Grayling 'less than candid' on rail electrification, MP says


A senior MP has accused Chris Grayling of being ‘less than candid’ with her committee after a National Audit Office (NAO) report disclosed that he exaggerated the known benefits of new trains as an alternative to cancelled electrification projects.

Mr Grayling was found to have held off on making decisions public until after the General Election and to have made claims about the benefits of his alternative options that could not be backed up, not least because the 'technology does not exist'.

The NAO report on the Government’s decision last July to cancel three electrification projects found that it is too early to tell the extent to which the Department for Transport (DfT) will be able to deliver the benefits of electrification without the three schemes.

Lilian Greenwood MP

The report notes that Mr Grayling decided to cancel the projects - the Midland Mainline north of Kettering; the Great Western Main Line between Cardiff and Swansea; and the Lakes Line between Oxenholme and Windermere – in March 2017 but that prime minister Theresa May wanted to see an update of the economic case for the South Wales scheme before deciding whether to drop it.

Although the cancellation of the other two projects had been agreed, this decision was kept under wraps until after the General Election last June.

The NAO also reveals that although Mr Grayling announced all three cancellations in July 2017, ‘he specified that the next operator for the East Midlands franchise would deliver new bi-mode trains from 2022’, when in fact his officials had advised him four months earlier this was unlikely to happen as the 'bi-mode rolling stock of the required speed and acceleration to meet the timetable of the route did not currently exist’.

Although Mr Grayling presented the decision to cancel the three projects as based on the availability of alternatives that would make the inconvenience of major works unnecessary, the report puts the decision in the context of Network Rail’s anticipated shortfall during the 2014–2019 rail investment period.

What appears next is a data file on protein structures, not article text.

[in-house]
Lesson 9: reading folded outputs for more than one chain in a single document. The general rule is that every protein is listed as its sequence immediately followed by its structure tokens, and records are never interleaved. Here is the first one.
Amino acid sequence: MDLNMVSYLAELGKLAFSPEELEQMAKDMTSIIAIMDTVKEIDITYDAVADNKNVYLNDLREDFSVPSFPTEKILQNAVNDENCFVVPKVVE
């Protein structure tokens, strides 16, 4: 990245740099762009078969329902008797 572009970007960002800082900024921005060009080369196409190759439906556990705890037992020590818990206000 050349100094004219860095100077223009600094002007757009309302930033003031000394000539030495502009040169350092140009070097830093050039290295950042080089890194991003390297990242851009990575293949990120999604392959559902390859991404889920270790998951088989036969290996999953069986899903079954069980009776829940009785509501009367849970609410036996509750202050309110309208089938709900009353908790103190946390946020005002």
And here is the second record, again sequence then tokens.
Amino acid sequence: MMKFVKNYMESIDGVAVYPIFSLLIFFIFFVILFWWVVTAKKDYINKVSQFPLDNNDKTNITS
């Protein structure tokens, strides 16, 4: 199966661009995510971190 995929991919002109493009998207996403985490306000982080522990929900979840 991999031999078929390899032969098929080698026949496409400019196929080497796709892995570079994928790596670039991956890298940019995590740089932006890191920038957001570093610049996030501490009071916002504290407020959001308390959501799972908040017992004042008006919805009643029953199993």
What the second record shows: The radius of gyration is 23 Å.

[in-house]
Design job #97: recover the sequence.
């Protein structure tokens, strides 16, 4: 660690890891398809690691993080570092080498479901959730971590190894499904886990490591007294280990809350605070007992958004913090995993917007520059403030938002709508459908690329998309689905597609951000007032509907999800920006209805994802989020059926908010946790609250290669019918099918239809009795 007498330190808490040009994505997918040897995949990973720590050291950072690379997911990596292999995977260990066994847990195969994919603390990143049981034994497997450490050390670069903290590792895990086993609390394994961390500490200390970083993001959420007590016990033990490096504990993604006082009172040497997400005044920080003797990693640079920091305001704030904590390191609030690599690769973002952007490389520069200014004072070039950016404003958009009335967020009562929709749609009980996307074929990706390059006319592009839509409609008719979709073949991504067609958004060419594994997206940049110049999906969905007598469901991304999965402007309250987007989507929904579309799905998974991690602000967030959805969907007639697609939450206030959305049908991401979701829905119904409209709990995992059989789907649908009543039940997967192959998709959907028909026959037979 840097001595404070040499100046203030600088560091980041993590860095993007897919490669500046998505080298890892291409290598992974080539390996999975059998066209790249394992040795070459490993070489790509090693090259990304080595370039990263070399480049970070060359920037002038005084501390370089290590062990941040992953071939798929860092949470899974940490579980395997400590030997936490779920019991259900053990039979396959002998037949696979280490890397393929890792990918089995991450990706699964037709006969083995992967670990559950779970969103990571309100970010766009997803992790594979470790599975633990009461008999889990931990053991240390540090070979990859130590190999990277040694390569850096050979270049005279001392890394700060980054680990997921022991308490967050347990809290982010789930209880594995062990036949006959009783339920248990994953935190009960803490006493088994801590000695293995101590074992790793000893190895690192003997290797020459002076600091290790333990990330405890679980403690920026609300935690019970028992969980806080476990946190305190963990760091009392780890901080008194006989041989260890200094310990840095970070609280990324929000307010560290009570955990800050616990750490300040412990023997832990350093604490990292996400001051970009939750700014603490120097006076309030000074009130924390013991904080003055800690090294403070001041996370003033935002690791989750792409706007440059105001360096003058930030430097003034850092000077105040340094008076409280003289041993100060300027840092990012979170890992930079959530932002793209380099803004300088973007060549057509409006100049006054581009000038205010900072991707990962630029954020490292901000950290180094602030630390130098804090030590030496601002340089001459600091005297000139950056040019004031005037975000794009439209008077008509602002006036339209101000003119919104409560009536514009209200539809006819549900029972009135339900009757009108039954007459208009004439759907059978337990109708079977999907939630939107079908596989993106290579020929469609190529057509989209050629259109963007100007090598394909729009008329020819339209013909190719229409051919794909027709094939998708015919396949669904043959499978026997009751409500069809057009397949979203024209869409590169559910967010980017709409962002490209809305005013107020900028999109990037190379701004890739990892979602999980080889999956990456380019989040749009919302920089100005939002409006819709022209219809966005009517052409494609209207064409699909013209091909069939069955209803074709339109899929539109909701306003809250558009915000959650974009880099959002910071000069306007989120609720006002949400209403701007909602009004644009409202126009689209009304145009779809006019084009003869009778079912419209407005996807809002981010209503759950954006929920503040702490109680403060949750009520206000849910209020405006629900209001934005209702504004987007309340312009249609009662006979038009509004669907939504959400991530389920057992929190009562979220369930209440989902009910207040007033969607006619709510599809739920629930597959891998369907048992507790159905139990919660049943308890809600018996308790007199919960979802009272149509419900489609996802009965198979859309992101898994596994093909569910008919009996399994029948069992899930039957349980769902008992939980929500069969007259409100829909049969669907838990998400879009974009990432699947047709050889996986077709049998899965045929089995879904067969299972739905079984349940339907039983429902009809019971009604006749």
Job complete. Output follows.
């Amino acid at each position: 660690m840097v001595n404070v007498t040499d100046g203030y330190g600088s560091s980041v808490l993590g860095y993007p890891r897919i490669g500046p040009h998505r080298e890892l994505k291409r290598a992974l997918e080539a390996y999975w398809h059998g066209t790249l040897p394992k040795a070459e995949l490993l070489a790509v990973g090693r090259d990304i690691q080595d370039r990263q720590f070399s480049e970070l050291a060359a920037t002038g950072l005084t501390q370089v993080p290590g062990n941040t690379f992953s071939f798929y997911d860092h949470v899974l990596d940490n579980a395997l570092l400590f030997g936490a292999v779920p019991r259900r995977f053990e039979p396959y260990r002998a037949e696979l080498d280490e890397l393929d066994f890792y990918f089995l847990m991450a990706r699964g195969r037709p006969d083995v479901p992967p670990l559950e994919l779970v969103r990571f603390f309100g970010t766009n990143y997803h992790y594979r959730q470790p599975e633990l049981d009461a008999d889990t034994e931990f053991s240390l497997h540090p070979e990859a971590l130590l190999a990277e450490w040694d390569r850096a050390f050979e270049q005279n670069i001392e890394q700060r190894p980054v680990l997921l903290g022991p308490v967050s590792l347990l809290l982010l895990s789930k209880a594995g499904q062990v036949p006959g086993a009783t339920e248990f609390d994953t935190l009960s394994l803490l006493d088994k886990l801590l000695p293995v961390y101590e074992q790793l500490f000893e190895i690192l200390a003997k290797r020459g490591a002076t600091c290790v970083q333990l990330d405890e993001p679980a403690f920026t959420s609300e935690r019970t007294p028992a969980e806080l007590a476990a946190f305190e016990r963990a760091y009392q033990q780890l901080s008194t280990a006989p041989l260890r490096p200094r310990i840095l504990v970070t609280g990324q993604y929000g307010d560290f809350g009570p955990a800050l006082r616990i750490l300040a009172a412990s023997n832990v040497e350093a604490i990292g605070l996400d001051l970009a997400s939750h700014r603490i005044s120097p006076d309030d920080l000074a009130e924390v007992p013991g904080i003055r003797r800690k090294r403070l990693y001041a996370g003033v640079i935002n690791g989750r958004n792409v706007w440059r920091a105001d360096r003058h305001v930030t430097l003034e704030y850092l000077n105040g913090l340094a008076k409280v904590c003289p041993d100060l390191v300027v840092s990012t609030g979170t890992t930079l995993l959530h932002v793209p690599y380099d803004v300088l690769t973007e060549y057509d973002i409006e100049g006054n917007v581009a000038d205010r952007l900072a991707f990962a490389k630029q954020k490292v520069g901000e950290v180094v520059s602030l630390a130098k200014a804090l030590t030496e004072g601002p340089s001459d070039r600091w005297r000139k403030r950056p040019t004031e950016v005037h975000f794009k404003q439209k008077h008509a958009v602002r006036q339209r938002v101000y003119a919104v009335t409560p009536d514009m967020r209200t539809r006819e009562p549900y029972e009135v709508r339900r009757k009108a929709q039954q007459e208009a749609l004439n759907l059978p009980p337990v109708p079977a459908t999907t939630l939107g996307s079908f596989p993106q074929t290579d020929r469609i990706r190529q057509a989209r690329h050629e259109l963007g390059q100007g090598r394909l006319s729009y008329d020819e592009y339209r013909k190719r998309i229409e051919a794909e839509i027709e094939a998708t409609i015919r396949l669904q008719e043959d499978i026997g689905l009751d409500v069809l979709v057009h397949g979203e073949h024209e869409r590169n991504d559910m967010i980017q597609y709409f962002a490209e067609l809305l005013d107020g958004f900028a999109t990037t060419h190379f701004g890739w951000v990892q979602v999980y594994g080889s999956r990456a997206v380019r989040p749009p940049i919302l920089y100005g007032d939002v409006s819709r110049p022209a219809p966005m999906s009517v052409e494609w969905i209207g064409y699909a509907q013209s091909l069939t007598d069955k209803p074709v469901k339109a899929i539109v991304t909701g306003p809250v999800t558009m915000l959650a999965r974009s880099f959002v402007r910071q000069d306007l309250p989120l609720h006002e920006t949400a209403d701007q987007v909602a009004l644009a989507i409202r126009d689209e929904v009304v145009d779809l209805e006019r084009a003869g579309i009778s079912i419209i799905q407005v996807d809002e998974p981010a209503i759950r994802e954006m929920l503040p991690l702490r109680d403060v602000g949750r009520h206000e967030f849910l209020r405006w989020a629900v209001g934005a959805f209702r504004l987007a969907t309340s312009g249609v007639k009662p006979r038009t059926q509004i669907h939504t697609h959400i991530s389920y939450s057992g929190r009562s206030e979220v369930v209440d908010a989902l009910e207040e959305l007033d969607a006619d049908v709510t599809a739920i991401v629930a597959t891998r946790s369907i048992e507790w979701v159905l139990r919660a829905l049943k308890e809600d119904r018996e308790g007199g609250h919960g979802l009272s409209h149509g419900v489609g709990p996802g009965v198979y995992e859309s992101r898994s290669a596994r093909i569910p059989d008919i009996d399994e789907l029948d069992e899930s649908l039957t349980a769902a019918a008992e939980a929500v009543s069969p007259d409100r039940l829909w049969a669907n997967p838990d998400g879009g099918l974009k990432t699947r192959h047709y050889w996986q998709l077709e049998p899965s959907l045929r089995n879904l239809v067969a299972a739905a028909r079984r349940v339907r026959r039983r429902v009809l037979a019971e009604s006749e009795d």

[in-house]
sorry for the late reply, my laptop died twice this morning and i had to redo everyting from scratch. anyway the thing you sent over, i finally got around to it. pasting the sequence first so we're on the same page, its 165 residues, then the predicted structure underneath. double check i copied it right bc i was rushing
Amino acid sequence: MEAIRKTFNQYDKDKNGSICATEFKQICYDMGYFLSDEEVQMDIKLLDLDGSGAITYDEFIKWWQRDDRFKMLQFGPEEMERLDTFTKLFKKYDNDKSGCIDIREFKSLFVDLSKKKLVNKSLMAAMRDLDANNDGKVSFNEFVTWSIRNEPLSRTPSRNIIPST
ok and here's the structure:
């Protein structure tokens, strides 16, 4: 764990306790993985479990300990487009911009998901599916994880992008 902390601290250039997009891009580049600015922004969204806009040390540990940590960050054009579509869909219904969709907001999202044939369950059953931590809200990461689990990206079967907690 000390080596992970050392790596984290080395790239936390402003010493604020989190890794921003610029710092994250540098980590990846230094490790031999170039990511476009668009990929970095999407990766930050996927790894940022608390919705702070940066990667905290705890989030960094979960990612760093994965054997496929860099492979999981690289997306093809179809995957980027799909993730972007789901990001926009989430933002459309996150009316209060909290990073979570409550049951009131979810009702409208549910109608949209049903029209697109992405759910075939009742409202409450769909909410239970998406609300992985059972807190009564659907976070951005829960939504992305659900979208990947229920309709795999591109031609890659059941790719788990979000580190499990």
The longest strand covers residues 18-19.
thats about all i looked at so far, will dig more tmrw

It notes that the DfT estimated in March 2017 that by cancelling the schemes it would save a maximum of £105m during that period but ‘avert £1,385m of spending’ in the period 2019–2024.

It also points out that the DfT has not yet fully costed the environmental and future financial implications of its decisions on Midland Mainline and Oxenholme to Windermere.

It states: ‘It is uncertain about how much the new trains will cost, but in October 2017 the Secretary of State told the Transport Select Committee that completing electrification would “be more expensive” than buying other trains’.

Transport Committee chair Lilian Greenwood said: ‘This report … is frustrating because it shows the secretary of state took the decision on the Midland Mainline in March 2017. He failed to mention it to the wider world, not just until the General Election was over, but until the last day before recess in July.

‘It is frustrating because it shows the secretary of state was less than candid with the committee when we sought to investigate this during our evidence session last October. Even when the committee recalled him in January, we did not get the full story. This report confirms we were right to be worried about the decision-making process and the openness and transparency with which the Department and the secretary of state have presented their case.